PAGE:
CONCORD, N.H. — Veronica Dane had always been active, from playing soccer as a kid to working a demanding job as a critical care nurse. Until, one day, she just couldn’t do it anymore.
She started eliminating activities and duties, whittling away the things that had once brought joy and a steady income but were now, instead, bringing unbearable physical pain.
It took Dane years of working with doctors and doing her own research to understand how she had gone from a healthy, active person to being bed-bound for over a year, so sensitive to sound that she couldn’t be in the same room as her children.
In 2020, she finally learned she had myalgic encephalomyelitis/chronic fatigue syndrome, or ME/CFS. The disease is still something of a mystery to modern medicine — researchers don’t know what causes it, most doctors don’t learn about it in medical school, and it goes undiagnosed in around 90 percent of cases, according to the Centers for Disease Control and Prevention.
It’s also been largely overlooked when it comes to research and funding, according to disability rights advocates and researchers in the field. But now, several preliminary studies show, about half of people with long COVID-19 have severe enough symptoms to be diagnosed with ME/CFS — and doctors and disability advocates hope this will shine a light on the disease, leading to more education and research.
“It’s really long COVID that’s changing everything,” said Dr. Lucinda Bateman, who specializes in ME/CFS. She runs a clinic and nonprofit called the Bateman Horne Center in Utah that focuses on addressing the disease and educating doctors about it. “Post-COVID conditions are going to force everyone to embrace at least long COVID, and then eventually I’m hoping the biases about ME/CFS will gradually diminish,” she said.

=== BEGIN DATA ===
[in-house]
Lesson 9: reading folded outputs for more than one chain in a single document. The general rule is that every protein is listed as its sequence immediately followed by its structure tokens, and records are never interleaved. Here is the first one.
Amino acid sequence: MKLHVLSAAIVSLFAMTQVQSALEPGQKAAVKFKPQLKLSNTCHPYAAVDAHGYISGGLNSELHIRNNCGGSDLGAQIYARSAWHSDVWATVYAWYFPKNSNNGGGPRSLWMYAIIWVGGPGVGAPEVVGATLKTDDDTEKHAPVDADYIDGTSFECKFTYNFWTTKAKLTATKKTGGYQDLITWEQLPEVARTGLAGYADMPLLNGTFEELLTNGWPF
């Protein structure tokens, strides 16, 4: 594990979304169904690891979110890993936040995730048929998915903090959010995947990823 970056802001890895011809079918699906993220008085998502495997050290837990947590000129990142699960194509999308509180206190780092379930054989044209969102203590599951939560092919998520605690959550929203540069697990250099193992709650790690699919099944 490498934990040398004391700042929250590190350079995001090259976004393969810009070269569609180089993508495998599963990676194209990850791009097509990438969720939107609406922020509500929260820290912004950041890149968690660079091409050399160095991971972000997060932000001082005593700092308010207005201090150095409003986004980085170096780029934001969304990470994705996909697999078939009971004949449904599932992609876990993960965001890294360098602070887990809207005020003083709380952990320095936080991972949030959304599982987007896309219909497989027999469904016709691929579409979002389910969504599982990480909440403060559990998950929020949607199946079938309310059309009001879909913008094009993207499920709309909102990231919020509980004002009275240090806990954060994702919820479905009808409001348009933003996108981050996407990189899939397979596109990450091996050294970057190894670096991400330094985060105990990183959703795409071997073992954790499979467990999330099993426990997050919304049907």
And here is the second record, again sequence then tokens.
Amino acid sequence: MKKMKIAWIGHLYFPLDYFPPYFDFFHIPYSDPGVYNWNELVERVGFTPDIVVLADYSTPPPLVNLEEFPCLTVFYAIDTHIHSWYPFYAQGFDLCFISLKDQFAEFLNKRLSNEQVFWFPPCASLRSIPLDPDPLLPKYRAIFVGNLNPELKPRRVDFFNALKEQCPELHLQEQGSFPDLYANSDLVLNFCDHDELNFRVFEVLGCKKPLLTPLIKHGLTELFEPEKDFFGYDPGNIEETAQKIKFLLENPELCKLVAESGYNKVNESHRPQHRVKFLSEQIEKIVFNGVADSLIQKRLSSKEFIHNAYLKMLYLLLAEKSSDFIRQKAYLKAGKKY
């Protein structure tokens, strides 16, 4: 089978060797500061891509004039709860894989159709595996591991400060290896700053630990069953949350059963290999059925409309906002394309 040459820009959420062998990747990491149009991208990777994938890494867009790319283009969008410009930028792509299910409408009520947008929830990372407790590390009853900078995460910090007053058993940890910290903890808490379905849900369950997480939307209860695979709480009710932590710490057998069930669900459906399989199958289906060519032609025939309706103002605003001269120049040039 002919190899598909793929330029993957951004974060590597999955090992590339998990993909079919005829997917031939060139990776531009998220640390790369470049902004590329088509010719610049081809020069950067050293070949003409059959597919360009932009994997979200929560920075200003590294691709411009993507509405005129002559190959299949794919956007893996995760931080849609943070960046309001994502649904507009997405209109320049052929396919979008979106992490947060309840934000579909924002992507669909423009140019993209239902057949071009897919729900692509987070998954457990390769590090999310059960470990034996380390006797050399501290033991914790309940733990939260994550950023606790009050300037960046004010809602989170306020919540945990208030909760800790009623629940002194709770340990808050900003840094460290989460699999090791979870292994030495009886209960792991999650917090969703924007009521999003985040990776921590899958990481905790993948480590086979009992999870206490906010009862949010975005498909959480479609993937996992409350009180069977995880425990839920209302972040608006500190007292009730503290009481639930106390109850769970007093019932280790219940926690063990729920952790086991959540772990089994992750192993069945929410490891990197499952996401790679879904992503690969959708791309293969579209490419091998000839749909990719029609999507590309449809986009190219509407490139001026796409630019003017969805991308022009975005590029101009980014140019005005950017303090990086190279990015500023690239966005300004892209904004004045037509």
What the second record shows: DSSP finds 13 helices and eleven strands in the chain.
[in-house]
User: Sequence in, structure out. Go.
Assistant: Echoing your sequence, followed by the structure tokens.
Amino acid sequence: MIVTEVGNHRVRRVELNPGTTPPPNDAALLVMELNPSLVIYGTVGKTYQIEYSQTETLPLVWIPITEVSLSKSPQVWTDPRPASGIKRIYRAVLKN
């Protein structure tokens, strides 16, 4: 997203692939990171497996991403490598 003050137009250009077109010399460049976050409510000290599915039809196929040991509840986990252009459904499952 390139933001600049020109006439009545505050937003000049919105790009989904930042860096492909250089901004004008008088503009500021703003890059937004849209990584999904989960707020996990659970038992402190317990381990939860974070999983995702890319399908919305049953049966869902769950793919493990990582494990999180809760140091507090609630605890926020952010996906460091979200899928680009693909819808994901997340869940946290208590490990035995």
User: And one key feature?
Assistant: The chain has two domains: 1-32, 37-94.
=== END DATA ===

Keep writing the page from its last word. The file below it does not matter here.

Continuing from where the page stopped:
Darlene Gildersleeve is a patient advocate in New Hampshire who knows firsthand how debilitating long COVID can be. She first got COVID in March 2020 and experienced neurological symptoms including loss of speech, balance issues, and cognitive dysfunction. She said she never recovered to her baseline, and those symptoms will still flare up if she pushes herself too hard. Gildersleeve’s family has taken a financial hit because her husband has to take days off from their trucking business to care for her and she can’t work when she’s ill. She’s had to find ways to deal with her fatigue, like homeschooling her daughter while lying on the couch.
“Sometimes I get resentful,” Gildersleeve said. “Sometimes I get sad. But the biggest emotion is extreme frustration.”
Gildersleeve believes more research and doctor training for long COVID can help those with an ME/CFS diagnosis, which is why she’s pushing for the CARE for long COVID Act, federal legislation to fund research and doctor training.
“My biggest hope is clinical trials,” she said.
Researchers are still working to answer a lot of basic questions about long COVID including what causes it, how to diagnose it, and how to treat it. In some cases, it turns into ME/CFS, which can help doctors learn more about both conditions.
ME/CFS is a chronic illness that impacts the nervous system, which in turn affects circulation, the immune system, energy, sleep, and how pain manifests. The disease can worsen after physical or mental activity, known as post-exertional malaise. For some, routine daily functions like going to the bathroom or taking a shower can cause immune and neurological symptoms to flare up: flu-like symptoms, exhaustion, swollen lymph nodes, increased pain.
Around 75 percent of people diagnosed with ME/CFS are women. “In the 1980s and 1990s, it was considered a kind of female hysteria. It took decades to dispel the idea that it was a mental health disorder or people were weak,” Bateman said.
Stigma continues to surround ME/CFS today. The six women interviewed for this story said both the medical system and society continue to discount and disbelieve symptoms that are often invisible to the outside world, calling those who have them lazy or depressed.